Mountain Magic : Sutter Buttes, World’s Smallest Range, Cast a Spell Over All Comers

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Margit Sands was born virtually in their shadows. Ira Heinrich discovered them as a boy. Walt Anderson was introduced to them as an adult.

Each first encountered the Sutter Buttes at different times in their lives, but like many others they all have come under the mountains’ spell.

Described by the California Almanac as the world’s smallest mountain range, the buttes are a geological oddity--a cluster of volcanic cones jutting 2,000 feet above the broad, flat Sacramento Valley--that has fascinated people from early Wintun Indian shamans to some of the world’s leading volcanologists.


The buttes, 13 peaks arranged in a circle 10 miles across, also are becoming an popular destination for tourists, even though they are the world’s only privately owned mountain range.

Completely Out of Sight

“There are some areas where you are completely out of sight of the outside world--that is where the buttes work their magic,” said Pete Sands, Margit’s husband and a farm adviser with the University of California Extension Service in Gridley.

He, like Heinrich and others, waxed poetic about the smells, the colors and the sounds of what they see as essentially a nature reserve amid the patchwork sprawl of the valley’s hugely productive farms 35 miles north of Sacramento.

“It’s 75 square miles of quiet upland that has stayed virtually unchanged while all around it has changed so radically and so often,” said Heinrich, a clerk at Chico State University and part-time tour guide.

The buttes rise abruptly from the valley floor, their slopes littered with black rocks of various sizes, volcanic rubble that looks as if it were blasted from the Earth’s mantle last week instead of 2.5 million years ago.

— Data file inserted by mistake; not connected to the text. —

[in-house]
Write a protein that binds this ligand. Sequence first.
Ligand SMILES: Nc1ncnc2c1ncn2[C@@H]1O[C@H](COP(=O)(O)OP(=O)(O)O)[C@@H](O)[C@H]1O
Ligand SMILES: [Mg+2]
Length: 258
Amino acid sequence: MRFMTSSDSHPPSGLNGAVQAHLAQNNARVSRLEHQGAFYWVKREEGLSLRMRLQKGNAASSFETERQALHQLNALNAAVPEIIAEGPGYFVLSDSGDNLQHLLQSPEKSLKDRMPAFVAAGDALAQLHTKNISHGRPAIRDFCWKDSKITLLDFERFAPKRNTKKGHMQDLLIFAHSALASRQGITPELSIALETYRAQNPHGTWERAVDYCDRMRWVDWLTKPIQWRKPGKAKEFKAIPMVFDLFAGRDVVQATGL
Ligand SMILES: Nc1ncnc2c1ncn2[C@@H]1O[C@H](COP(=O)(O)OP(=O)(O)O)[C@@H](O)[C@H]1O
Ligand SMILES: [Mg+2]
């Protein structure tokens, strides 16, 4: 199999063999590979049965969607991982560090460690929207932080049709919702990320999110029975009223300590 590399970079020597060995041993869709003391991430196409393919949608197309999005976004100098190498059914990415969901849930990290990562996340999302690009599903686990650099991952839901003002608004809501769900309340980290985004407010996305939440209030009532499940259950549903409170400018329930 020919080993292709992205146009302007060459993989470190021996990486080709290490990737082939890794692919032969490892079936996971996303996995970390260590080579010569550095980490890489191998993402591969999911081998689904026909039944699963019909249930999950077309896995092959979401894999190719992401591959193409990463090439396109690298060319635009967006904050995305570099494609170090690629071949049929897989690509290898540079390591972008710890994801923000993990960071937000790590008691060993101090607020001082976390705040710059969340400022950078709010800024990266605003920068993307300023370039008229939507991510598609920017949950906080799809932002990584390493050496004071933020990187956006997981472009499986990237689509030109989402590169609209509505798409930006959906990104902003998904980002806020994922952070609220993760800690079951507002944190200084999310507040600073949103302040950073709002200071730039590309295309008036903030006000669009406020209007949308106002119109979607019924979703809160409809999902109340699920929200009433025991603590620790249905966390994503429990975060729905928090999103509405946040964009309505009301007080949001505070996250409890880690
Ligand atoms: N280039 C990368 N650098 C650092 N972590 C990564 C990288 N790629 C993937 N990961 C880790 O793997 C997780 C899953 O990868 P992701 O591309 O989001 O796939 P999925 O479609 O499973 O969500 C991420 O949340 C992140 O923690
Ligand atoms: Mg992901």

A University of California volcanologist, Howel Williams, was so taken with the buttes that he made them a special study from the time he arrived in California from Liverpool in 1929 until his death in 1982. He and a Berkeley colleague, Garniss H. Curtis, wrote the definitive geologic history of the buttes in 1977.


Heinrich recalls that when he first saw the buttes as a 10-year-old, “the impact was total.” He paused and added, “I can say without exaggeration that from that time to today, the buttes have been the central focus of my life.”

Heinrich has written his own book on the cultural history of the buttes. It is due out later this year.

In a 1983 book on the Sutter Buttes’ distinctive ecology--they help plants and animals move between the Coast Range and Sierra Nevada mountain ecosystems and serve as a landmark for migrating waterfowl that nest in nearby wetlands--Anderson, an ornithologist, conceded that he was “one of untold numbers of people smitten by the spell of the Sutter Buttes.”

“When I travel around the valley,” he wrote, “I’m surprised by the strong feelings of proprietary nature that so many people feel--even people who have never been in the buttes.”

One reason for this, many local residents think, is that the buttes’ distinction as the most significant topographical feature in the entire 185-mile length of the Sacramento Valley.